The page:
|Authors: ||G. Saavedra, M.T. Pino, C. Blanco|
|Keywords: ||artichoke virus free, head quality, yield, population|
In Chile, most of the globe artichoke reproduction is vegetative, for this reason there has been a constant decrease in yield because of the effects of virus, nematodes and diseases accumulation through the years.
INIA in 2009 started a program for globe artichoke breeding where one of the activities was the generation of globe artichoke virus free (AVF) plants.
In 2013 there were enough plants for rooting in greenhouse and generate new plantlets.
The objective of this research was to evaluate under field conditions the AVF performance for morphological characteristics, yield and processing quality in a first year of production.
The produced plantlets were classified by size in big, medium and small containing each group 27 plants transplanted on February 2014 at 1.4×2.0 m.
Agronomic management was standard for any globe artichoke crop, but there was more care about virus vectors.
The plants began sprouting in June 2014 and from this date they were evaluated individually.
The results showed that there was no difference in any evaluation among size groups, with a population of 3,750 plants ha-1 the average yield was 11.4±4.7 t ha-1. The number of head harvested per plant was 31±13 (13±1 in common crop), and the average head weight was 104.3±8.2 g.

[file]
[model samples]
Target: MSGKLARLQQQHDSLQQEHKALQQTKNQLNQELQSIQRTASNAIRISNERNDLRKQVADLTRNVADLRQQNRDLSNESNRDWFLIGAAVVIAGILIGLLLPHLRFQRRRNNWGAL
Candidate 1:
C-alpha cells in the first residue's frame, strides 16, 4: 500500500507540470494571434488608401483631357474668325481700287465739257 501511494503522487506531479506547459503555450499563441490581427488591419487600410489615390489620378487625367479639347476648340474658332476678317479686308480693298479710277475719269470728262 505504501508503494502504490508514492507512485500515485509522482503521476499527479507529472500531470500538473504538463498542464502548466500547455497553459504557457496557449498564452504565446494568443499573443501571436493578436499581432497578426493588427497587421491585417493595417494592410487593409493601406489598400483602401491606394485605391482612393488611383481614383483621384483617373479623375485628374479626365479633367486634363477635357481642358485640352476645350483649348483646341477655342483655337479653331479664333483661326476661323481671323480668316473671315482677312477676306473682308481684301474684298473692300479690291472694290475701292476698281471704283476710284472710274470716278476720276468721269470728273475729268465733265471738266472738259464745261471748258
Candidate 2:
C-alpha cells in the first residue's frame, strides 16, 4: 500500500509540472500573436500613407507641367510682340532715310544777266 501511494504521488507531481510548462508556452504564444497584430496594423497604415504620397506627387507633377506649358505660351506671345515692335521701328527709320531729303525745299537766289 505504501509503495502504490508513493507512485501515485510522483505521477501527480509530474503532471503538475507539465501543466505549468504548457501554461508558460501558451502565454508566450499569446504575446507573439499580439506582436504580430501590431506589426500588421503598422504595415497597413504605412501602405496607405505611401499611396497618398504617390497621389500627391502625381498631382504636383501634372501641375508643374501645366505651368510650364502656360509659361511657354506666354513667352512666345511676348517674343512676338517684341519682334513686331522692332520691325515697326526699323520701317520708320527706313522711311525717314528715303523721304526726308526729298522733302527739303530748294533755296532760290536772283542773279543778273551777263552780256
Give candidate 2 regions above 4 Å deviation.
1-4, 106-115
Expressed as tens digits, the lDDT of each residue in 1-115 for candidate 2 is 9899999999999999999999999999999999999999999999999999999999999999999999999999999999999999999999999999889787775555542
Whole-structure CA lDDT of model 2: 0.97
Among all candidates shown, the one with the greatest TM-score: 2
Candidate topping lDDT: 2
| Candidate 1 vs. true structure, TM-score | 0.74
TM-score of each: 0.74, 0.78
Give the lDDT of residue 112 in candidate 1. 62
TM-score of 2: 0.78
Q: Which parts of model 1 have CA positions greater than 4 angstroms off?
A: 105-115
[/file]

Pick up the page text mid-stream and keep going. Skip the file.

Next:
The plants were taller with a mean of 68.4±10.3 cm height, but the size of leaves was high reaching 1.49±1.7 m, while in common crop this is usually 0.79±0.7 m.
Plants were very strong and vigorous, but the shape of heads was not as desirable as for processing purposes, being predominantly round and with a blunt top.
These plants in the first year on field did not have enough low temperature induction for the appropriate head shape, because they were raised in greenhouse under controlled conditions of temperature.
Then, it is probable that the environmental condition for bud development was not the appropriate one during the first year.
Therefore it is necessary to evaluate this population its second year.
However, it is possible to conclude that AVF plants in the first year can produce heads, but the development must be under environmental conditions as similar as possible to on field before transplanting.
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